We recognize that total prohibition by a State of the sale of a distinctively labeled, wholesome food product is a method permissible under the Fourteenth Amendment to avoid consumer confusion with other food products. Aeration Processes, Inc. v. Commissioner of Pub. Health, 346 Mass. 546, 554. Powell v. Pennsylvania, 127 U.S. 678. Hebe Co. v. Shaw, Secretary of Agriculture of Ohio, 248 U.S. 297. Sage Stores Co. v. Kansas ex rel. Mitchell (Substituted as Atty. Gen.) 323 U.S. 32. Cf. Carolene Prod. Co. v. United States, 323 U.S. 18. But see Defiance Milk Prod. Co. v. DuMond, as Commr. of Agriculture & Mkts. of N.Y. 309 N.Y. 537. However, we do not decide this case upon a Federal ground. What is permissible under the Federal Constitution in matters of State economic regulation is not necessarily permissible under State law. The Constitution of a State may guard more jealously against the exercise of the State's police power. See Minnesota v. National Tea Co. 309 U.S. 551. Cf. Pugliese v. Commonwealth, 335 Mass. 471, 475. Accordingly, the Federal cases to which we have referred do not here compel a like result. We need not follow them since we decide this case in light of our State Constitution, particularly arts. 1, 10 and 12 of the Declaration of Rights, and Part II, c. 1, § 1, art. 4.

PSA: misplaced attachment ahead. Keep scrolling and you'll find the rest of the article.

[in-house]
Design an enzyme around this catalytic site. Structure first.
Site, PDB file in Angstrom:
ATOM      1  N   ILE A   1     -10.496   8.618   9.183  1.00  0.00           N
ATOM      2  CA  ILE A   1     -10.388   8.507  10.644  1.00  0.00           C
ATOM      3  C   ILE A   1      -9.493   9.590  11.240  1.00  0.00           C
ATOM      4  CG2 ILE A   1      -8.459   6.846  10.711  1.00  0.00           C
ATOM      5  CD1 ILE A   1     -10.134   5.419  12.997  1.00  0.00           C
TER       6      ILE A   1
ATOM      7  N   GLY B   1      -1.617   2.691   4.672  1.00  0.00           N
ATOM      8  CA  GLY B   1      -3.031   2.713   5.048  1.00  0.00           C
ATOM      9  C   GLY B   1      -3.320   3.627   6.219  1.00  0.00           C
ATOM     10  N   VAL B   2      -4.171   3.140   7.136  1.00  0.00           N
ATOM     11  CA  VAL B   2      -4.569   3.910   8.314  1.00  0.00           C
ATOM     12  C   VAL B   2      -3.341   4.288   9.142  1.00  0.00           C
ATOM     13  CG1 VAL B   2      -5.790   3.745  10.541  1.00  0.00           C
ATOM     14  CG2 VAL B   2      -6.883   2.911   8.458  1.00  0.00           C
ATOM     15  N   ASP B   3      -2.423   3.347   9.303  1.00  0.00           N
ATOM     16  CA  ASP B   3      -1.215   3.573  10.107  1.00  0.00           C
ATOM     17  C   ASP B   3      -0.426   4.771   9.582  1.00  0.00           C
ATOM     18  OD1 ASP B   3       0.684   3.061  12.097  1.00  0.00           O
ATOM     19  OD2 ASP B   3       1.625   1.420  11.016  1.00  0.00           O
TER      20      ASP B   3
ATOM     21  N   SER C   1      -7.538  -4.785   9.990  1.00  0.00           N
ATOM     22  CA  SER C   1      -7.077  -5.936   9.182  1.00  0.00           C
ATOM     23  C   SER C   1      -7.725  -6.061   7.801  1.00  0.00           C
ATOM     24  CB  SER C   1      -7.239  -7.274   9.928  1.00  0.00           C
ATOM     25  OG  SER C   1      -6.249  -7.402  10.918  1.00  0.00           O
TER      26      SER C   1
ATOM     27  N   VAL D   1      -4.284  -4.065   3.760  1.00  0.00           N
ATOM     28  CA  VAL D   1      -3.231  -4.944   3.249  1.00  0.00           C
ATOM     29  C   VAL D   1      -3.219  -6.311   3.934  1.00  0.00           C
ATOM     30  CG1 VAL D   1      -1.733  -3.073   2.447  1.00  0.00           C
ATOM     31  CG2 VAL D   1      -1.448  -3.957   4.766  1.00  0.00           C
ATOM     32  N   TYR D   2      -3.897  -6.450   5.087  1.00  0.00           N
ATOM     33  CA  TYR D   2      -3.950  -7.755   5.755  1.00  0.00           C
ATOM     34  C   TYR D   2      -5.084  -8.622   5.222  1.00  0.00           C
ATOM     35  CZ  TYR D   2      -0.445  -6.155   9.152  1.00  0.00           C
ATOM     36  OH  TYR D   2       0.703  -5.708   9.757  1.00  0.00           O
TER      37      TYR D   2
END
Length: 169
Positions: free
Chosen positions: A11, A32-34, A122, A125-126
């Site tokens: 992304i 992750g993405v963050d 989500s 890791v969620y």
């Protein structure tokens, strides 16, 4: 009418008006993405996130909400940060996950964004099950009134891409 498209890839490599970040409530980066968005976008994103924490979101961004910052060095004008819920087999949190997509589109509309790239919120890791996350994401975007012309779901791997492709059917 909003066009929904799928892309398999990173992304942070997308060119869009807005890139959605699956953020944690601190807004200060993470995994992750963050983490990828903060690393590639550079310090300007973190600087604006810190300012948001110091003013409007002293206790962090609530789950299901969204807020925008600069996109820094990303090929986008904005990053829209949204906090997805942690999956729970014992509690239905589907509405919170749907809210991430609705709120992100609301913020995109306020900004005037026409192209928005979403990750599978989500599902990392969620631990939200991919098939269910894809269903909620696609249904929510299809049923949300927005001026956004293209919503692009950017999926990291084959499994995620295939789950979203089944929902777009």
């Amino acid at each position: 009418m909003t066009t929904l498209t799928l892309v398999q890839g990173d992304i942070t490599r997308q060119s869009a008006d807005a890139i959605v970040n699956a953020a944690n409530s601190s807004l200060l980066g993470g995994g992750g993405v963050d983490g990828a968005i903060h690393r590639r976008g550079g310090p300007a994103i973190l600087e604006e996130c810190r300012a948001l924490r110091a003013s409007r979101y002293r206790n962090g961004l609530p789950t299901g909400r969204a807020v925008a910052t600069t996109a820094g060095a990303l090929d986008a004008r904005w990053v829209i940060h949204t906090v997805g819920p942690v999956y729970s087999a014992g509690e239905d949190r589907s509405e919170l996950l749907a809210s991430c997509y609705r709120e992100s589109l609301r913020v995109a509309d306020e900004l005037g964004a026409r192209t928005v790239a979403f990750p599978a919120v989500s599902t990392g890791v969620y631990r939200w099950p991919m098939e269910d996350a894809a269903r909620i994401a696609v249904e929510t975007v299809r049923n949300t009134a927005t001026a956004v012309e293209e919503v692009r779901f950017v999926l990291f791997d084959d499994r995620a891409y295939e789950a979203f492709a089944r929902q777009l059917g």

*422 Whether the prohibition of Coffee-Rich from retail sale in Massachusetts is a valid exercise of the police power depends on whether such prohibition "bears a real and substantial relation to the public health, safety, morals, or some other phase of the general welfare." Sperry & Hutchinson Co. v. Director of the Div. on the Necessaries of Life, 307 Mass. 408, 418. See Anton's of Reading, Inc. v. Reading, 346 Mass. 575, 576-577. "All rational presumptions are made in favor of the validity of every legislative enactment. Enforcement is to be refused only when it is in manifest excess of legislative power." Commonwealth v. Finnigan, 326 Mass. 378, 379. "It is not for us to inquire into the expediency or the wisdom of the legislative judgment. Unless the act of the Legislature cannot be supported upon any rational basis of fact that reasonably can be conceived to sustain it, the court has no power to strike it down as violative of the Constitution.... But unless justified as a valid exercise of the police power, the act must be declared unconstitutional because the enforcement of it will deprive the ... [plaintiff] of rights secured under the Constitution." Sperry & Hutchinson Co. v. Director of the Div. on the Necessaries of Life, supra, at 418. In Mansfield Beauty Academy Inc. v. Board of Registration of Hairdressers, 326 Mass. 624, we held that a statute forbidding a proprietor of a hairdressing and manicuring school to charge for materials provided to persons acting as models for the students of the school was not a proper exercise of the police power because "there ... [was] no rational connection between the promotion of public health and the interdiction of such a charge." Id. at 627. Similarly, we held in Sperry & Hutchinson Co. v. Director of the Div. on the Necessaries of Life, 307 Mass. 408, that a statute prohibiting the use of trading stamps in connection with sales of motor fuels and the changing of prices for twenty-four hours was not a valid exercise of the police power because it bore no reasonable relation to the prevention of fraud on consumers. For further treatment of the question of valid exercise of the police power under the Constitution, see, *423 e.g., Wyeth v. Board of Health of Cambridge, 200 Mass. 474, 480; Opinion of the Justices, 322 Mass. 755; Opinion of the Justices, 337 Mass. 796.